The state pension is a payment people claim at an eligible age, and is different to a workplace or private pension. Although the weekly sum is forecast to rise above £200 a week in 2025, Brits are being urged to boost their retirement savings. The new state pension is already set to rise by 2.5 percent from April, meaning it’ll rise by £4.40-a-week to £179.60 – a hike of £228.80 over the course of a year. Meanwhile, the old basic state pension will increase by £3.40-a-week to £137.65 – giving pensioners an extra £176.80 over 12 months.
But experts are warning that the £179.60-a-week will leave many stretched, and argued people may need to work to make up for it.
Becky O’Connor, head of pensions and savings at Interactive Investor, told The Sun: “Anyone who assumes the state pension will cover their living costs when they retire is set for disappointment.
“It might be enough to scrape by but it won’t be enough to ‘enjoy’ your latter years in the way many of us like to think of retirement.
“The reality for many who only have the state pension to look forward to is more years of working to supplement it.”
Clare Julian, wealth manager at JM Finn, also told Express.co.uk recently: “People should be under no illusion that [the state pension] is ever going to be enough for your life in retirement.
“The UK population is chronically underfunded, and I think people just don’t realise how much you’ll need in order to get the lifestyle you want or need in retirement.
“You’re going to be retired for a long time, life expectancy is on the up, and you really do need to take this into account.”
The Pensions and Lifetime Savings Association (PLSA) suggests that people can try and turn their pension into an annuity, which pays you a guaranteed annual income for life in retirement.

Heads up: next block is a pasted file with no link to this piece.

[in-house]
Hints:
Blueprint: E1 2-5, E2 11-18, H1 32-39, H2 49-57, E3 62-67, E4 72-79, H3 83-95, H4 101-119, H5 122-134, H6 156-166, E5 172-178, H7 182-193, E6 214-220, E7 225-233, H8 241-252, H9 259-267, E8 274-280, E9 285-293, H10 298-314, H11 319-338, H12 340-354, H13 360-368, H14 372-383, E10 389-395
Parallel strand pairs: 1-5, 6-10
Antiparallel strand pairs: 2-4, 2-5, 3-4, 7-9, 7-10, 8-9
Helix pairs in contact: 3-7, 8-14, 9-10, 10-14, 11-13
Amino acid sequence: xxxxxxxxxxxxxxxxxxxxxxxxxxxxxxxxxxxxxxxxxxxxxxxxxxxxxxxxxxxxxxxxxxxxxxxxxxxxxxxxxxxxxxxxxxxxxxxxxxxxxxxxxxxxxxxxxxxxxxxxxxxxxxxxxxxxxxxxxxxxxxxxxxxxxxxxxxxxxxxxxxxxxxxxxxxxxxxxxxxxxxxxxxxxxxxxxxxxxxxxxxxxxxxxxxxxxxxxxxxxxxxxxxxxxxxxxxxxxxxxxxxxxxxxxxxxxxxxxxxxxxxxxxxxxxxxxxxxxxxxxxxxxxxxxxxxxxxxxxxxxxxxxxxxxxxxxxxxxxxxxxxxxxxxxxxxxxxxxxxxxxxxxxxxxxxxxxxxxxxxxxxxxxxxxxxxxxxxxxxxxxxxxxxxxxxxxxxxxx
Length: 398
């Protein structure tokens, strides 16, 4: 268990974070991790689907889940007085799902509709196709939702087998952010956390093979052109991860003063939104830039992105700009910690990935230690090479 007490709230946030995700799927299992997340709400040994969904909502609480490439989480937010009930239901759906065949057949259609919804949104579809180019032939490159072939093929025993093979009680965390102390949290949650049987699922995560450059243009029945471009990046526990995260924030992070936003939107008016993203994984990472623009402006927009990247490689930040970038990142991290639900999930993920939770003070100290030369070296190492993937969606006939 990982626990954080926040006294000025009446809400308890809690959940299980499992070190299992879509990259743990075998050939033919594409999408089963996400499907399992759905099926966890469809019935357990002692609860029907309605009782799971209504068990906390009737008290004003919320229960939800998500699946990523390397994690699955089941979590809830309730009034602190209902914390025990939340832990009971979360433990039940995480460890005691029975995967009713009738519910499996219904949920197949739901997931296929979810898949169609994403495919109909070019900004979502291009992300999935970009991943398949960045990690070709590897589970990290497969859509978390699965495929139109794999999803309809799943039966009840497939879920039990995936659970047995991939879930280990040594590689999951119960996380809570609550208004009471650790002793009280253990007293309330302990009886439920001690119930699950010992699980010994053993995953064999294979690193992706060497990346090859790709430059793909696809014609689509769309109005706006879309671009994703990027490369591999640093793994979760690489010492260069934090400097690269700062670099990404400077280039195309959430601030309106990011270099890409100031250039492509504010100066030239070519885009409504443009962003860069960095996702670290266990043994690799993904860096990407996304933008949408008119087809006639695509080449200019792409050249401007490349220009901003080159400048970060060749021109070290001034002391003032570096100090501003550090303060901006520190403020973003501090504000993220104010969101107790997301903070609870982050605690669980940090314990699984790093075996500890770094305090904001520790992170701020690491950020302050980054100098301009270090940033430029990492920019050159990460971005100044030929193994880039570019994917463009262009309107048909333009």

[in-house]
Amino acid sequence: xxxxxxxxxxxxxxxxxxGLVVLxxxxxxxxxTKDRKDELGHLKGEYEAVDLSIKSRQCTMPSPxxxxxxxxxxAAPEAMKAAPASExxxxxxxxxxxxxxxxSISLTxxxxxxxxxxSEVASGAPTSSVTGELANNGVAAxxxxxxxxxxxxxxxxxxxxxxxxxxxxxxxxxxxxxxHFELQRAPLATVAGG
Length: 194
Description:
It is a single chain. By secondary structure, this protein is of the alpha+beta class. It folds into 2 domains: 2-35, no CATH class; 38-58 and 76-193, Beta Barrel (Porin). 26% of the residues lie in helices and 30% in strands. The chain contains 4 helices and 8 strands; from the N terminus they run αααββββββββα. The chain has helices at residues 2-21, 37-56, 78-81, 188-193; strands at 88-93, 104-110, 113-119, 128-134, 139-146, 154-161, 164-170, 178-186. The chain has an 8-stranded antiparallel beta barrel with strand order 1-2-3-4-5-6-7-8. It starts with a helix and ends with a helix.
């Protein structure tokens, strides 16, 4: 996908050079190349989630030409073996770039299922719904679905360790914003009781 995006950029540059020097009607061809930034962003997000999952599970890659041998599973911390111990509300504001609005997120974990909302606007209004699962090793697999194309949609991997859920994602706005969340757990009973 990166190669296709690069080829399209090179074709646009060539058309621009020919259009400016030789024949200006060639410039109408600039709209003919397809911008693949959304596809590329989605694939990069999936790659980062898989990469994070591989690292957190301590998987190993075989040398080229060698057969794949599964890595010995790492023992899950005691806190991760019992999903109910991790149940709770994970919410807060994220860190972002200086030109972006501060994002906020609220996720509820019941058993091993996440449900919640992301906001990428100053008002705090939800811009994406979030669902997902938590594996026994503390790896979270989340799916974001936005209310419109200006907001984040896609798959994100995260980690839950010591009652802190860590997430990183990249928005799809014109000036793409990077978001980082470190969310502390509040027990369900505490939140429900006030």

This isn’t always the right option for everybody but the PLSA says that if you do take this option, you will need to spend around £33,000-a-year as a singleton or £47,500 as a couple.
Experts also suggest you can build up your pension by boosting your contributions, setting up your own pension, or ensuring you are not missing out on tax relief.
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“I do expect he will be making further changes which could be of a detailed and wide-ranging nature. We shouldn’t’ assume that because he didn’t announce things yesterday, he won’t be thinking about them as longer term measures.
“We have got a manifesto commitment on the pension triple lock and tax triple lock, with all of these locks he’s got more locks than Houdini to grapple with.
“At some point, the Government might decide we have to be open with the public and say, ‘If we stick with these manifesto commitment we will have too many restrictions to do what is right to do.’
“He’s not done it so far, but in future there may come a time when he has to level with the public.”